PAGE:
Special Note about kids and exercises.  First, kids need to move.  Second, kids already know how to move appropriately.  Third, learn from the way kids move, mimic if possible.  Kids play until they are tired, they rest, and then they play again.  You typically will not see a kid with adrenal fatigue because they put out too much effort in the gym.  When kids play, they run, jump, and climb, they play tag, hide and seek, and wrestle around.  We as adults may feel silly playing with them in such fashions, but if we do, we will promote good health for them and gain good health for ourselves.

Podcasts:

Everyday Paleo – I cannot speak enough praise for this podcast.  Please please please listen to episode 18.  It will change your thinking.  Oh and episode 24 is all about thyroid health.  Then, listen to the rest because they are all amazing!

http://everydaypaleo.com/paleo-lifestyle-and-fitness-podcast-episode-18/

http://everydaypaleo.com/paleo-lifestyle-and-fitness-podcast-episode-24/

The Paleo View – these two moms are full of practical knowledge and transitioning tips for families.  I love listening to them because I learn something new every time.  Because both of them have autoimmune issues, their idea of Paleo is 130% compared to my 90% but I still listen.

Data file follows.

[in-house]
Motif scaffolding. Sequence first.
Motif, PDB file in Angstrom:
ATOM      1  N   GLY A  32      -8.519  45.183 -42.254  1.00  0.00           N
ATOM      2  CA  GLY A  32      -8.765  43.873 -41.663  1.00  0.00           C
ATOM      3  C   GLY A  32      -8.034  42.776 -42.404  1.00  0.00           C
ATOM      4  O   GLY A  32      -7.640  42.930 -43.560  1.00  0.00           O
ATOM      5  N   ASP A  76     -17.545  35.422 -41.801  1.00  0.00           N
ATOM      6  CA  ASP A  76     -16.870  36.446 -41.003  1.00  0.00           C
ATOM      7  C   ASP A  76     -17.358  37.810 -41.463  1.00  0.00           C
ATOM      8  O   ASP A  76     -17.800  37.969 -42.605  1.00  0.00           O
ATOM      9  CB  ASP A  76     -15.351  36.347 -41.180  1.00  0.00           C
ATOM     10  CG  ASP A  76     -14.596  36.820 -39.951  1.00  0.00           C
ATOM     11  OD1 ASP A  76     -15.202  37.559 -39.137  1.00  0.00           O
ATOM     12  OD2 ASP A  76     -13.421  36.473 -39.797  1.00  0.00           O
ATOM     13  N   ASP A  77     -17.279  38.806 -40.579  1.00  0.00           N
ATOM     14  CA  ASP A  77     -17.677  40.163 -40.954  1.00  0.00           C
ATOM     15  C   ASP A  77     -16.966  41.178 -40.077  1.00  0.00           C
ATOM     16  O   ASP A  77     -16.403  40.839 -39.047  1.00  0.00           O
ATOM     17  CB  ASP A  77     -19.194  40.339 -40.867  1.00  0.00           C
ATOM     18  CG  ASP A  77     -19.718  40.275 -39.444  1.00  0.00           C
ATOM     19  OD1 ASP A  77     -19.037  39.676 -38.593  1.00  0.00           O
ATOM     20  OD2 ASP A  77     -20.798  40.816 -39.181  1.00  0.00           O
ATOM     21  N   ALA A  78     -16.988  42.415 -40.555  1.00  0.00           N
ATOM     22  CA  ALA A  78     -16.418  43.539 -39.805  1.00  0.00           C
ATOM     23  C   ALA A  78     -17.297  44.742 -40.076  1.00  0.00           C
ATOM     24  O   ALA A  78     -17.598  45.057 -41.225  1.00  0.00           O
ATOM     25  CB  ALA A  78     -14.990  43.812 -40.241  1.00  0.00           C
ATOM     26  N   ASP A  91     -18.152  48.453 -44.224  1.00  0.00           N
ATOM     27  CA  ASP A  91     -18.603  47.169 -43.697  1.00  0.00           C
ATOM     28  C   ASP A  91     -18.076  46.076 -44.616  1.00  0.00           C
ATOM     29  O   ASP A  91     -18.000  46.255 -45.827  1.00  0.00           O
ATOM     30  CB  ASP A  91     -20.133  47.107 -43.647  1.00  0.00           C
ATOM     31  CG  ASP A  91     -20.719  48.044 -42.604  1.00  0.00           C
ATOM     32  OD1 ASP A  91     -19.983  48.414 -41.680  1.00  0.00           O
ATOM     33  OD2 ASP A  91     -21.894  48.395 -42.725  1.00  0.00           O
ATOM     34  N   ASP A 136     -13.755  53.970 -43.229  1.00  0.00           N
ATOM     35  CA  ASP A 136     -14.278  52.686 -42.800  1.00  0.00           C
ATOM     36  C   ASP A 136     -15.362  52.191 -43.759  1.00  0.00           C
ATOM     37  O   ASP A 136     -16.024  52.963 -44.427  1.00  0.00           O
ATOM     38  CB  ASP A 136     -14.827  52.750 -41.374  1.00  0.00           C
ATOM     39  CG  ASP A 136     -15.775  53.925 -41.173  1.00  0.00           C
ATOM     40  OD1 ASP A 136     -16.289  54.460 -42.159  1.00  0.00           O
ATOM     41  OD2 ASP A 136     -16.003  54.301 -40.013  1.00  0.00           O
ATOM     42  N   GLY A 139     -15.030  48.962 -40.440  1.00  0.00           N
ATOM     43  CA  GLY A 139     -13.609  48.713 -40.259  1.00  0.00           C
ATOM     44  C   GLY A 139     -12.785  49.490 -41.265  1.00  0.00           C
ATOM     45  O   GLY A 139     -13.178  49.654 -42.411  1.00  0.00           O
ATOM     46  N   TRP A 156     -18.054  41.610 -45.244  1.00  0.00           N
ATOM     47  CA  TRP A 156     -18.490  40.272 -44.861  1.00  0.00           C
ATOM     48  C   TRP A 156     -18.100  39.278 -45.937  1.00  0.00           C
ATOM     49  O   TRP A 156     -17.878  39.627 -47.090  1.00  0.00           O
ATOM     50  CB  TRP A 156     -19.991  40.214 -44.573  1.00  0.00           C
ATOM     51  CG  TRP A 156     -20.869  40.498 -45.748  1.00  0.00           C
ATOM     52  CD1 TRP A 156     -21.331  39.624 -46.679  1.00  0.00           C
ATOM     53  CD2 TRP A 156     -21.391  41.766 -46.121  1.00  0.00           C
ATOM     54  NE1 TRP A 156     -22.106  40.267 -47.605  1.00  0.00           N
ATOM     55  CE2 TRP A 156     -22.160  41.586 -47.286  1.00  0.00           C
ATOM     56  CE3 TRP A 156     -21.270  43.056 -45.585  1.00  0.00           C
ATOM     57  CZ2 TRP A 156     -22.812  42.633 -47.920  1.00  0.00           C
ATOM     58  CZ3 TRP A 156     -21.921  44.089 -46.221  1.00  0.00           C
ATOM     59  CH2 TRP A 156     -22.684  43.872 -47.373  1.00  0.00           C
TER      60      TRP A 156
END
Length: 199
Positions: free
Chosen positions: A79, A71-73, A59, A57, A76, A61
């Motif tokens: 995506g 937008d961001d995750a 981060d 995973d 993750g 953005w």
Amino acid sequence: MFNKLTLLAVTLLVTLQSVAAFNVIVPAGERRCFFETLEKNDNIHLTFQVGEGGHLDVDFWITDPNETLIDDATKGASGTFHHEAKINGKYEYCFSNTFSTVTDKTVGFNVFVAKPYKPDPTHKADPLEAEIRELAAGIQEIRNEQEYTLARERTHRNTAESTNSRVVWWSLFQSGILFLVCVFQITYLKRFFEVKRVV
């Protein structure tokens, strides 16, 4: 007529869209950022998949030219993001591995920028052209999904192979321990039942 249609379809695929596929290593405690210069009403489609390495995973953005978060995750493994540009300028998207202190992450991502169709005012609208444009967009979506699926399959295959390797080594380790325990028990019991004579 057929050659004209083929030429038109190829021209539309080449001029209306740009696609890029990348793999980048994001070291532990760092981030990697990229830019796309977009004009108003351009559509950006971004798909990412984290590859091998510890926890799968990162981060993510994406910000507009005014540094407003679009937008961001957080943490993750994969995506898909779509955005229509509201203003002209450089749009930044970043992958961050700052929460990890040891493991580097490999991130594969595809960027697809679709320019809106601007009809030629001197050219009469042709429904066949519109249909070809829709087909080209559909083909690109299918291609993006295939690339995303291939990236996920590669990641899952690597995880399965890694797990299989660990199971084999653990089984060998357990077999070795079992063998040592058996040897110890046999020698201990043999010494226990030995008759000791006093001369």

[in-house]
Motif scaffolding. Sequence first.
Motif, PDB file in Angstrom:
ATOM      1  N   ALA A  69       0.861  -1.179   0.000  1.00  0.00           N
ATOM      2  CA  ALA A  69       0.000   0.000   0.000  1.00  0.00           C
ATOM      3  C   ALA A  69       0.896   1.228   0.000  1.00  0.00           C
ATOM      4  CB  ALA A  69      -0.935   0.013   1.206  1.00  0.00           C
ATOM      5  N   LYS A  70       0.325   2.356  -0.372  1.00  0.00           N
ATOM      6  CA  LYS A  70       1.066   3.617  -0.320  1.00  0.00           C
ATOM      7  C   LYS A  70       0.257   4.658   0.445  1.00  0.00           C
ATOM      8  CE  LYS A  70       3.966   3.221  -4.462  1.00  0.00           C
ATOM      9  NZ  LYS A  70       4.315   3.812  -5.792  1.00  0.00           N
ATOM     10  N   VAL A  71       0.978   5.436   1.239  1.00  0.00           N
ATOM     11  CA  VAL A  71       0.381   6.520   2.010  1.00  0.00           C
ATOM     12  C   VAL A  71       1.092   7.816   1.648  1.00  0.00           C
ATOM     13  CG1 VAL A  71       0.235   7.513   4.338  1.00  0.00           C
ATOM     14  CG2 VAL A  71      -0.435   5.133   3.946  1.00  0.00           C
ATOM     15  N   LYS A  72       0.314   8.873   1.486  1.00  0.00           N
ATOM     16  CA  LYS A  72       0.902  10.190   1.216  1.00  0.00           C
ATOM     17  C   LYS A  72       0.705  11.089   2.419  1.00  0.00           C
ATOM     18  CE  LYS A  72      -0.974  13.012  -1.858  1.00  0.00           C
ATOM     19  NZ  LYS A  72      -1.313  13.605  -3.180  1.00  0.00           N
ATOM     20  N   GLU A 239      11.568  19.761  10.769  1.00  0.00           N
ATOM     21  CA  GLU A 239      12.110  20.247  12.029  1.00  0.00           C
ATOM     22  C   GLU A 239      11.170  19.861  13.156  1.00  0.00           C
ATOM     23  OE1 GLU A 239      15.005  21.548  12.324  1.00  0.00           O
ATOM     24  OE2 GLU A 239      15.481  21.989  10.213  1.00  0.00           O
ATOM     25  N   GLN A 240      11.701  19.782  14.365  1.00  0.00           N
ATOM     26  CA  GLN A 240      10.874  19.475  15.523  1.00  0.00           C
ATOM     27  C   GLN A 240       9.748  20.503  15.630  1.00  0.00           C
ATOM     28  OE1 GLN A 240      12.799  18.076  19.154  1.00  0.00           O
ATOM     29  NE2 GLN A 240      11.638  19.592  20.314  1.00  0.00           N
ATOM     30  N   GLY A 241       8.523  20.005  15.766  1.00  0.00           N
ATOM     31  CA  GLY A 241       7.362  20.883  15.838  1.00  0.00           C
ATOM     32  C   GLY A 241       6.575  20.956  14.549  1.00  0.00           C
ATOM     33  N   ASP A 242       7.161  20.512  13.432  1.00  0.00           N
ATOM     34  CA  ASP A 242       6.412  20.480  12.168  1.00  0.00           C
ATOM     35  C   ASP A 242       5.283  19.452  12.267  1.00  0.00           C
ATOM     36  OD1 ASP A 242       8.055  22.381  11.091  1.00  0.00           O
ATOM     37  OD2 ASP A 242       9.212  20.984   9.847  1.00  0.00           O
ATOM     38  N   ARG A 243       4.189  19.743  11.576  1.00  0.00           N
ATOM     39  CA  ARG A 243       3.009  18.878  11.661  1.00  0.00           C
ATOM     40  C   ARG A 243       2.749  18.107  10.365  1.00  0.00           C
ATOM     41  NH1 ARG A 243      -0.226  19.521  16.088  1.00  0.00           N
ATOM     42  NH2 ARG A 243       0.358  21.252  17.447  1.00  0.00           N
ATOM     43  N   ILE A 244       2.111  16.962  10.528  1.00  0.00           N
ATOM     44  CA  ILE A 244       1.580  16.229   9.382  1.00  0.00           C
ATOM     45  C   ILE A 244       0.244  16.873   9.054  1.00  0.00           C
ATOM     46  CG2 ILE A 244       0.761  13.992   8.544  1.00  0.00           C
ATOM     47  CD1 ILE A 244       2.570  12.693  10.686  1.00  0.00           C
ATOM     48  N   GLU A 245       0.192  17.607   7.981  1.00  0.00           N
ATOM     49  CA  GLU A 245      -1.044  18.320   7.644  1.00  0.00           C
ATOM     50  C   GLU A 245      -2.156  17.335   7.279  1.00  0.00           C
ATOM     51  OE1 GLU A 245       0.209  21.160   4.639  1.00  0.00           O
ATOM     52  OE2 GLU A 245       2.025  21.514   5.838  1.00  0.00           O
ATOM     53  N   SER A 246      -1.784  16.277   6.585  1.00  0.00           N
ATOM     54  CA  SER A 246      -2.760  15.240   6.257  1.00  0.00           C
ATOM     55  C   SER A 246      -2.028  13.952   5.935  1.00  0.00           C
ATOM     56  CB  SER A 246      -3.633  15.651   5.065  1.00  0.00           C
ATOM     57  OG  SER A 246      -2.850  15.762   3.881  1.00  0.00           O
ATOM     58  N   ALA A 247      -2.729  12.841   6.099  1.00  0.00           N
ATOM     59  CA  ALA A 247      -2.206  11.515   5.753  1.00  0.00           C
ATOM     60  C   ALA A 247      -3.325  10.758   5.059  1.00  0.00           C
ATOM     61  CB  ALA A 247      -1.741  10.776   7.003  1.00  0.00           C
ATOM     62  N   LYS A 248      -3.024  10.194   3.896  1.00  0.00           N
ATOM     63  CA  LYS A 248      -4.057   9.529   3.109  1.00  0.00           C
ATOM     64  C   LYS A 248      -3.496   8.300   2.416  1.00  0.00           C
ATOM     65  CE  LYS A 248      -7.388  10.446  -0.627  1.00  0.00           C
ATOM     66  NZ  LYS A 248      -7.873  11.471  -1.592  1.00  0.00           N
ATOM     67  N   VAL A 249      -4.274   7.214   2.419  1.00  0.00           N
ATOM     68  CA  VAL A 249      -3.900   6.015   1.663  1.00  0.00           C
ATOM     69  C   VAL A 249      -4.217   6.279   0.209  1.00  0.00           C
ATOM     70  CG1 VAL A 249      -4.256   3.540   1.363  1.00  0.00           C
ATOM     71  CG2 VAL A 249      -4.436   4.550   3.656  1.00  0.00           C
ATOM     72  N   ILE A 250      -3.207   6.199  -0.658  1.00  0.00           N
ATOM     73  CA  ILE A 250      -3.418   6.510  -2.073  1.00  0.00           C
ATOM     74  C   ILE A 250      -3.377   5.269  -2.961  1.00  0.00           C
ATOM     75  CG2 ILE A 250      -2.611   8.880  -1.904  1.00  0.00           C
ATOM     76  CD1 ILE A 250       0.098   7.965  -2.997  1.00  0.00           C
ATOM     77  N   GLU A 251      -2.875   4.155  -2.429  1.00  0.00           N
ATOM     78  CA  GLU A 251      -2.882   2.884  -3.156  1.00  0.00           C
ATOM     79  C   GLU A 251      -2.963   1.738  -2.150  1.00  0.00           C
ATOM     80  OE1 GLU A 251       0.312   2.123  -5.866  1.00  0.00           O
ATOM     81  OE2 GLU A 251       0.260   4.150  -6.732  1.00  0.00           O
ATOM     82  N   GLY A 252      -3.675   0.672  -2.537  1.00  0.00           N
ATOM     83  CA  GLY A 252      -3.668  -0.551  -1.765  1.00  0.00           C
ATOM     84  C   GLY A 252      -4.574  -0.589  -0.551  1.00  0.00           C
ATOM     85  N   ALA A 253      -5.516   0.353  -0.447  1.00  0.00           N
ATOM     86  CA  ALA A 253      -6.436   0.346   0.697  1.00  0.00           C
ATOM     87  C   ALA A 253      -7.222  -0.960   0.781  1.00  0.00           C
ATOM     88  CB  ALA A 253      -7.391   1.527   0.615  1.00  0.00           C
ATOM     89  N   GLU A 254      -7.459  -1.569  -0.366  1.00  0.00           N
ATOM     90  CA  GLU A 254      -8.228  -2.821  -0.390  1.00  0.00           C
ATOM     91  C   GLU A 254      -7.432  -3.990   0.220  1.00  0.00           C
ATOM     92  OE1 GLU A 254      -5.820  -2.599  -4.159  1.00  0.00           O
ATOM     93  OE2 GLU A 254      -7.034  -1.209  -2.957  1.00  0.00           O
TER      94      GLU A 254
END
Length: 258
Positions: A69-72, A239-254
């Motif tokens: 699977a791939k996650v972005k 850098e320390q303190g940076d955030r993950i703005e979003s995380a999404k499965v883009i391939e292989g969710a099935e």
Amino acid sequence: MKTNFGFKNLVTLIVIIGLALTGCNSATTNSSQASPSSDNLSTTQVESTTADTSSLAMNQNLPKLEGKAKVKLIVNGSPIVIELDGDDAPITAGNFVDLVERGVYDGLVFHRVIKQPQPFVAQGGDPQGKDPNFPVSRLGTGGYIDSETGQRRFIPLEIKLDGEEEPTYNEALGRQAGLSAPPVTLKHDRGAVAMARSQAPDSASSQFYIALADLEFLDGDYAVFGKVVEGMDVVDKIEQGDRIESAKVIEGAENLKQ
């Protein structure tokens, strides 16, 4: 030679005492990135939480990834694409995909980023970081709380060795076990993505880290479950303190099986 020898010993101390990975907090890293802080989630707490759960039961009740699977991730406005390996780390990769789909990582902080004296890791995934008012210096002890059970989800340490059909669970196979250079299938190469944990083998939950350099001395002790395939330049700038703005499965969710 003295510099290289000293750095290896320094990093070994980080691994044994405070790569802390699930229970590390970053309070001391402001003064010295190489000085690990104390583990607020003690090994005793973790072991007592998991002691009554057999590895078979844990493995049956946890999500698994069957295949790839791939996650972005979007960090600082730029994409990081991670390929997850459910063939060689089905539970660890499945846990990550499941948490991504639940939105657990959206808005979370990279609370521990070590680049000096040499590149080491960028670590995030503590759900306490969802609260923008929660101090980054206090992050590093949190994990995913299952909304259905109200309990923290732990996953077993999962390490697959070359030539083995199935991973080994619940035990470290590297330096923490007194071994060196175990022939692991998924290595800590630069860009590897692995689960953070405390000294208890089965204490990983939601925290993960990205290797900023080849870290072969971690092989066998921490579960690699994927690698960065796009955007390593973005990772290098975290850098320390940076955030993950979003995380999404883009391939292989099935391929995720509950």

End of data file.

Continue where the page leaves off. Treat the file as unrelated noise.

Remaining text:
http://paleoparents.com/the-paleo-view-podcast/

Tips for Success:

  • If you want fast and easy, things will seem hard, BUT not impossible if you put forth the effort when you can.
  • DO NOT be discouraged by the success or failure of anyone around you.  The only person you should compare yourself to is the person you were yesterday.
  • DO NOT take on 100% of the burden yourself.  Enlist the help of your other members of the family in the kitchen.  (This will save time and build your family unit.)
  • In your child’s transition, ask her to list her 10 favorite foods, and then (of the listed foods that are acceptable) try to always incorporate some of those in the menu each week.  We do this with carrots for our daughter.
  • Use fruit to kick your refined sugar habit.  Just know that in order to achieve weight loss you will need to cut them back.
  • Snacking can help with the transition also, but it is the same as fruit, will need to be cut back to achieve your weight loss goals.
  • Keep something healthy with you at all times (like some jerky, coconut, sweet potato chips, or even Larabars!)

The three things that save me:

  1. Paleo Pancakes!  I have already sent you the recipe for these.  They may be just what you need to get that ‘bread’ fix as they do test just like banana bread to me.  When I cook them, I make them about 3 inches in diameter.  I eat just a couple (even though you could eat a whole batch, they are acceptable for good health), and save the rest for fast reheating the next few days.
  2. Coconut chips!  I buy my coconut through Tropical Traditions (http://www.tropicaltraditions.com/organic_dried_coconut.htm).  I end up eating about a bowlful throughout the day.  They are full of fiber and protein.  The more you kick you sweet tooth, the sweeter these will taste.  I love them!